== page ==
Though actor Jim Carter dropped out of university to join a fringe theatre troupe, he has become best known over the years for his many screen roles.
His films have included Brassed Off, Shakespeare in Love, Heartlands, Bright Young Things, Bridget Jones: Edge of Reason, Ella Enchanted, The Thief Lord, 102 Dalmatians, Keep the Aspidistra Flying, Richard III, The Madness of King George, Black Beauty, Blame It on the Bellboy, A Private Function and Flash Gordon.
On television, Carter has been seen in The Singing Detective, Lipstick on Your Collar, Tube Tales, Blue Murder, The Scarlet Pimpernel, Midsomer Murders, Trial and Retribution, Hornblower, Dalziel and Pascoe, Ain’t Misbehavin’, A Year in Provence, A Dangerous Man, Precious Bane, Lost Empires and The Way We Live Now, amongst others. He has also provided regular voice-overs, particularly for television documentaries.
On stage, Carter’s credits include The Wizard of Oz, Gasping and, most notably, in 1982 Richard Eyre’s National Theatre revival of Guys and Dolls, on which he met his wife, the actress Imelda Staunton.
After a 14-year absence, Carter has returned to the stage, and the National, to appear in The President of an Empty Room, the first stage play by Dirty Pretty Things screenwriter Stephen Knight. Directed by Howard Davies, the play is set amidst the vibrant community of a Cuban cigar factory.
Date & place of birth
Born on 19 August 1948 in Harrogate, Yorkshire.
Lives now in…
West Hampstead in north London
I didn’t train. I went to Sussex University in the late Sixties to read law. I lasted two years, then I dropped out and I started working in fringe theatre.
First big break
I don’t think I’ve ever had such a thing! I’ve just always worked. But a significant moment would be Guys and Dolls at the National Theatre in 1982: (a) for the fun, and (b) because I met Imelda. In terms of telly, The Singing Detective was good for me, because it was the thing that changed people’s perception of me.
Career highlights to date
Top highlight would be playing the baddie in a cowboy movie, all dressed in black and coming through the saloon doors and the piano stopped playing. It was called Rustlers’ Rhapsody, which nobody has seen, but for a lad from Yorkshire to play the baddie down in spaghetti western land in southern Spain was pure heaven! The aforementioned Guys and Dolls is another.
I loved being in the film A Private Function - sitting around waiting to work on that film was the funniest ever, working with Maggie Smith, Liz Smith, Alan Bennett, Pete Postlethwaite, Michael Palin, Denholm Elliott – we just laughed all the way along. It was brilliant! Hiawatha that I did at the National with director Michael Bogdanov was a fantastic piece of kids’ theatre, and to hold the Olivier Theatre full of kids at 10.30 in the morning absolutely spellbound was great.
There’s a woman called Imelda Staunton who’s quite good. After Guys and Dolls, we also did The Wizard of Oz together at the RSC, she was Dorothy and I was the Cowardly Lion, but we haven’t done a huge amount together. There are so many people I’ve liked working with – and I’m far too discreet to tell you about the arseholes that I don’t like!
Richard Eyre, who I did both Guys and Dolls and Schweyk in the Second World War with when I was part of the Olivier company. There’s a television director called Chris Menaul who I’ve worked with a couple of times – on A Dangerous Man, in which Ralph Fiennes was Lawrence of Arabia, and also a thing called Precious Bane with Janet McTeer and Clive Owen, and I was ludicrously cast as their father! I’m enjoying working with Howard Davies very much on The President of an Empty Room now. It’s the first time I’ve worked with him - he’s so gentle and pragmatic and calm and organised. He delivers you very well prepared, which is fantastic.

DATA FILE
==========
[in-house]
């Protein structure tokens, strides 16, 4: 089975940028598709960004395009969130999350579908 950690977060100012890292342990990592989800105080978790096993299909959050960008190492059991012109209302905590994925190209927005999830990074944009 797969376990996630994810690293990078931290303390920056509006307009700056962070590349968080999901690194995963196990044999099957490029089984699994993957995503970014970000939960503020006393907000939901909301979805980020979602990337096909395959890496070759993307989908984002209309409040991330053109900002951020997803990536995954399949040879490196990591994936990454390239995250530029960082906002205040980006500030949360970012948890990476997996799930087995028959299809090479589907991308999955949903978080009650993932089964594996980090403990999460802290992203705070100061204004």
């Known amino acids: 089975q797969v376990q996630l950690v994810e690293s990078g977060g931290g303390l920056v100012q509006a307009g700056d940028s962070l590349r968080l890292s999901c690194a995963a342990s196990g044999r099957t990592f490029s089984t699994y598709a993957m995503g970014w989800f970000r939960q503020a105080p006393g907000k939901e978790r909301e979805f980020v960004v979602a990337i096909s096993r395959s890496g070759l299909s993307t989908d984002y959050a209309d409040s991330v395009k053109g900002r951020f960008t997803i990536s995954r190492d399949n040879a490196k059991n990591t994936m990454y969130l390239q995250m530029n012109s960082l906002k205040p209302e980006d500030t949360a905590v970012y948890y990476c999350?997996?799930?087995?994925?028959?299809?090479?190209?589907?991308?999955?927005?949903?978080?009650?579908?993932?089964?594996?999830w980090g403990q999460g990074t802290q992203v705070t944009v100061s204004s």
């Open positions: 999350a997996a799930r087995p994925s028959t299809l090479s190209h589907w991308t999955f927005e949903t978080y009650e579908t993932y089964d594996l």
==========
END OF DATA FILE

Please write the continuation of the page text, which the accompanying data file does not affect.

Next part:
I can’t really answer that question, because I don’t go to the theatre very much, or read plays very much, so I don’t feel qualified. If you asked me about favourite cricketers or favourite gardening writers, I’d feel on safer ground, really. But I do think that new writing is important. I like to see new plays, I don’t want to see A Midsummer Night’s Dream or anyone else’s Bottom. I know that Chekhov is terribly good, but I just don’t really want to go there – it’s not how I choose to spend my time. I’m sure I’ve missed amazing productions of The Cherry Orchard, but I’m sorry….
What roles would you most like to play still?
There’s never been a role I wanted to play. I haven’t done theatre for 14 years, and I wouldn’t have done this if it was doing a role in an old play like Uncle Vanya. I think enough people have done that. But this is a new play, nobody has done it before, we get first crack at it and that’s great, so you’re not treading in other people’s footsteps. The last play I did was Ben Elton’s Gasping at the Haymarket with John Gordon Sinclair – we took over from Bernard Hill and Hugh Laurie.
What are the different skills you need for stage vs screen?
I think the acting is exactly the same. You have to be slightly more technically aware in film, just in terms of hitting marks and props from the point of view of continuity; but in terms of the way you approach a part, there really isn’t any difference. It’s a bit more instant in films and television – you don’t get much rehearsal time, but I quite like that. I like to just get out there and do it! I like films, you say cut, let’s fix that bit, cut, let’s do that again; and I do like the acting on films and telly, but the problem always is the scripts. For some time now, I’ve felt I’ve been papering over the cracks in rubbish scripts – that I’m trying to give a performance the script doesn’t merit. I’m not being grand, but how these things get put on I just don’t know. They pay the mortgage, and also they can be fun to do; it’s just that the end product isn’t very good. But by the time they come out, it might be a year down the line, you’ve moved on and you’ve forgotten about it and you watch it purely objectively, if you ever watch it all. Then this script (for The President of an Empty Room) came my way, and I just thought, that’s knockout! Well, I think so – but we never know until the audience arrives, but hopefully it’s a good play and it’s interesting! And because I’ve suffered from a plethora of bad scripts recently and low budget films that don’t get released, I wanted to act again. I’ve been working with Dennis Hopper and Andy Garcia, good interesting exciting people, and I’ve enjoyed doing those jobs, but they disappear out into the ether and you never see them. So I thought that maybe I should do something solid, where I know an audience is watching because I can hear them coughing!
You’re also king of the voice-overs. What’s the challenge for an actor in doing them?
Actually, I do very few commercial voice-overs, but I do documentary ones, which I like. They are like telling a story, and they’re quite fun. You don’t have to learn lines and you don’t have to shave!
If you hadn't become an actor, what would you have done professionally?